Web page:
Denzel Washington

Hey, Los Angeles Times: GOP'ers aren't the only conservatives living under cover in Hollywood

Hey, Los Angeles Times: GOP'ers aren't the only conservatives living under cover in Hollywood

Conservatives in Hollywood are like male calico cats: You know they exist, but they’re tough to find.

The Los Angeles Times recently came out with a piece on what it’s like to be Republican in Hollywood and how -- even during this Era of President Donald Trump -- GOP'ers must remain undercover. You’d think things would be different in 2017. After all, liberals in cinema circles were anything but hidden during the Barack Obama administration.

But Hollywood wanted Hillary; they got The Donald and so there’s still a lot of wrath in La La Land. And so the Times set out to find the folks who are swimming upstream, as it were. Did they see any "religion ghosts"? We will come back to that question.

As an Academy Award-winning producer and a political conservative, Gerald Molen has worked in the entertainment business long enough to remember when being openly Republican in Hollywood was no big deal.
“In the ’90s, it was never really an issue that I had to hide. I was always forthright,” recalled the producer, whose credits include “Schindler’s List” and two “Jurassic Park” movies. “It used to be we could have a conversation with two opposing points of view and it would be amiable. At the end, we still walked away and had lunch together.”
Those days are largely gone, he said. “The acrimony — it’s there. It’s front and center.”
For the vast majority of conservatives who work in entertainment, going to set or the office each day has become a game of avoidance and secrecy. The political closet is now a necessity for many in an industry that is among the most liberal in the country.

The article then touched on Friends of Abe, a conservative organization whose membership of some 2,500 persons is secret because getting outed is a career killer.

Leaders of Friends of Abe said its members have sharply divergent views on the current president.
“There are very conservative people in FOA who are troubled by his rhetoric,” said executive director Jeremy Boreing, a filmmaker and self-described Trump skeptic. “There are others who are very gung-ho and supportive of him. There are people who are cautiously optimistic and others who are just cautious.”
He said it was too early to tell how Trump will affect the organization, but “if Hollywood continues to overreact to Trump and toxify people’s professional lives, FOA will grow. We got started under [George W.] Bush, not under Obama. Hollywood was a more pleasant place for conservatives during Obama’s tenure because Hollywood was in a good mood.”

The reason I’m commenting on that piece for this column is because a lot of conservatives are people of faith, yet religion isn’t mentioned at all.

Please respect our Commenting Policy

Hollywood discovers God! Again! Seriously, this New York Times piece is worth reading

Hollywood discovers God! Again! Seriously, this New York Times piece is worth reading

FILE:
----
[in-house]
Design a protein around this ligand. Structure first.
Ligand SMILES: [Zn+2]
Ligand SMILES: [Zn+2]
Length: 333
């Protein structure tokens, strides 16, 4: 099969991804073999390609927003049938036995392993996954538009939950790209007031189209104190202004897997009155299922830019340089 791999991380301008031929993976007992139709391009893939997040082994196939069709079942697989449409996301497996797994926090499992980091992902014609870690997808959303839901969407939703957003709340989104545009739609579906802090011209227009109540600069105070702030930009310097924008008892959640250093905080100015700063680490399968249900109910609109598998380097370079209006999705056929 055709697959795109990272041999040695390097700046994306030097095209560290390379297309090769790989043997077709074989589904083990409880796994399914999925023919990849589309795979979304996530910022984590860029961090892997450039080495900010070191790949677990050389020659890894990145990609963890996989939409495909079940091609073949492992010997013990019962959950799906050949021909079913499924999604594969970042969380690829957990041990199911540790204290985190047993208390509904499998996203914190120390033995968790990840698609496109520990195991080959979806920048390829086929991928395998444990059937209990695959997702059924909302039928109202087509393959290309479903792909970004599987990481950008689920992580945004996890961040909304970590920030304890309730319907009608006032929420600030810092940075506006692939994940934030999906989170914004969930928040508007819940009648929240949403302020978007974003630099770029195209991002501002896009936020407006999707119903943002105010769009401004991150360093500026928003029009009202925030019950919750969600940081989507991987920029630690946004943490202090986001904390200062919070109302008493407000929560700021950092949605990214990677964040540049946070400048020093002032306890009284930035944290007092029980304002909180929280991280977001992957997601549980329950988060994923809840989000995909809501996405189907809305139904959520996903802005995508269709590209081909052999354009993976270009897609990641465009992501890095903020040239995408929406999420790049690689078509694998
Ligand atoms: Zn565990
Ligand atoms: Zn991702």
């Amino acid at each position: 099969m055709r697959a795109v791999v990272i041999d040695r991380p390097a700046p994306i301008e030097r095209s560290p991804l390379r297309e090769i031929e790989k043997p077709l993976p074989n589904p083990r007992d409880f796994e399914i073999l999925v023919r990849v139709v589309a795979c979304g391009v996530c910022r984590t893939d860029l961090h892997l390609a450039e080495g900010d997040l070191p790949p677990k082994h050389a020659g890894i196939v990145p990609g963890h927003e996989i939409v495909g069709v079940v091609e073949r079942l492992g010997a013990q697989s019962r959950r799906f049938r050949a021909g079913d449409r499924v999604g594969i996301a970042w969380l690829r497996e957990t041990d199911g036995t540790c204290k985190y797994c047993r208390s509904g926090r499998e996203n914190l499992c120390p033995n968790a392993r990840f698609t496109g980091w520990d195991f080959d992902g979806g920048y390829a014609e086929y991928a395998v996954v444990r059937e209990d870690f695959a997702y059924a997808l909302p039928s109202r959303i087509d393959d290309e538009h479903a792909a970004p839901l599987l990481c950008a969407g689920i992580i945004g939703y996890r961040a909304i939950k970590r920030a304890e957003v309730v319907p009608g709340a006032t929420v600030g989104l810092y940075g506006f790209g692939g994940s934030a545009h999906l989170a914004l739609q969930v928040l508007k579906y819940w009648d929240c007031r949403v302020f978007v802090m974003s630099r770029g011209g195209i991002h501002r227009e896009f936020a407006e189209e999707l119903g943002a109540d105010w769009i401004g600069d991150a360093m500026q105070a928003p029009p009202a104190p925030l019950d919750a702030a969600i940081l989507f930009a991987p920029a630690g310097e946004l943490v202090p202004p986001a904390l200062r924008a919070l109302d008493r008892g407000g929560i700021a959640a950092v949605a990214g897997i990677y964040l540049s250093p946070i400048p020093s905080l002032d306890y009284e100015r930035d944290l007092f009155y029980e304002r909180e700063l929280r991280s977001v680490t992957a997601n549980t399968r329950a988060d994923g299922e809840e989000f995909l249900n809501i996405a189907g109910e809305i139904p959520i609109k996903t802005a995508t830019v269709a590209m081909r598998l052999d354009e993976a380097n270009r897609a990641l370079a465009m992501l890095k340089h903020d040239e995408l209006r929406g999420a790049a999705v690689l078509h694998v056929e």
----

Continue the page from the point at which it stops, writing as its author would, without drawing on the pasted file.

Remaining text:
I've been around the Godbeat scene so long that I can remember the days when journalists would wait four of five years before they would write the same Big Trend Story all over again.

You know the ones I'm talking about. Things like the whole "Death of the Religious Right" story or the latest update on "Why megachurches are getting bigger." And did you know that interfaith marriages are a big deal in modern Judaism?

Another one of the standards has been the "Hollywood discovers that religious people watch movies" story. Because of my longstanding interest in this topic (hint, hint), I have been watching journalists discover this trend over and over ever since "Field of Dreams" and  "Home Alone." Hey, do you remember Michael Medved? Then in 2009, The Los Angeles Times even interviewed me about the roots of this trend behind the hit movie, "The Blind Side."

You can blame Mel Gibson and "The Passion of the Christ," of course, but there is more to this evergreen story than one or two big-ticket items.

Still, I was cynical when I saw this New York Times headline the other day: "Secular Hollywood Quietly Courts the Faithful." I expected another quick-turn news feature about this "hot topic."

In this case I was wrong. The basic message of this in-depth business feature was that this is a topic that is not new and that it is not going away, in part because Hollywood has entered an era in which making profitable niche-market films is almost as important as making special-effects blockbusters. And then there is the trend of evangelical churches adding massive video screens to their sanctuaries, so that preachers can spice up their sermons with video clips.

Instead of settling for shallow coverage of the latest wrinkle in this old story, this Times piece went for the deep dive. Here is the overture:

The Rev. Roderick Dwayne Belin, a senior A.M.E. Church leader, stood before a gathering of more than 1,000 pastors in a drafty Marriott ballroom in Naperville, Ill., this month and extolled the virtues of a Hollywood movie.

Please respect our Commenting Policy

New York Times says Pastor A.R. Bernard has evolved on marriage -- but how far?

New York Times says Pastor A.R. Bernard has evolved on marriage -- but how far?

Every decade or two, The New York Times hires a conservative columnist.

There are exceptions to the rule, but most of the time these conservative columnists are what critics refer to as "New York Times conservatives." This means that, while they may be Republicans who lean to the right on economics and global issues, they lean left on the cultural issues that really matter -- such as abortion rights and gay rights.

Is there such a thing as a "New York Times conservative" when it comes to religious leaders, and Christian clergy to be specific?

I raise this question because the Times -- in its Sunday magazine -- has produced a long profile of the Rev. A.R. Bernard, a pastor, author and civic leader who has deserved this kind of attention from the Gray Lady for a long, long time. He is an African-American megachurch star whose clout and fame has completely transcended that community label.

The Times even refers to him as smart and stylish. You can clearly sense this respect in the overture.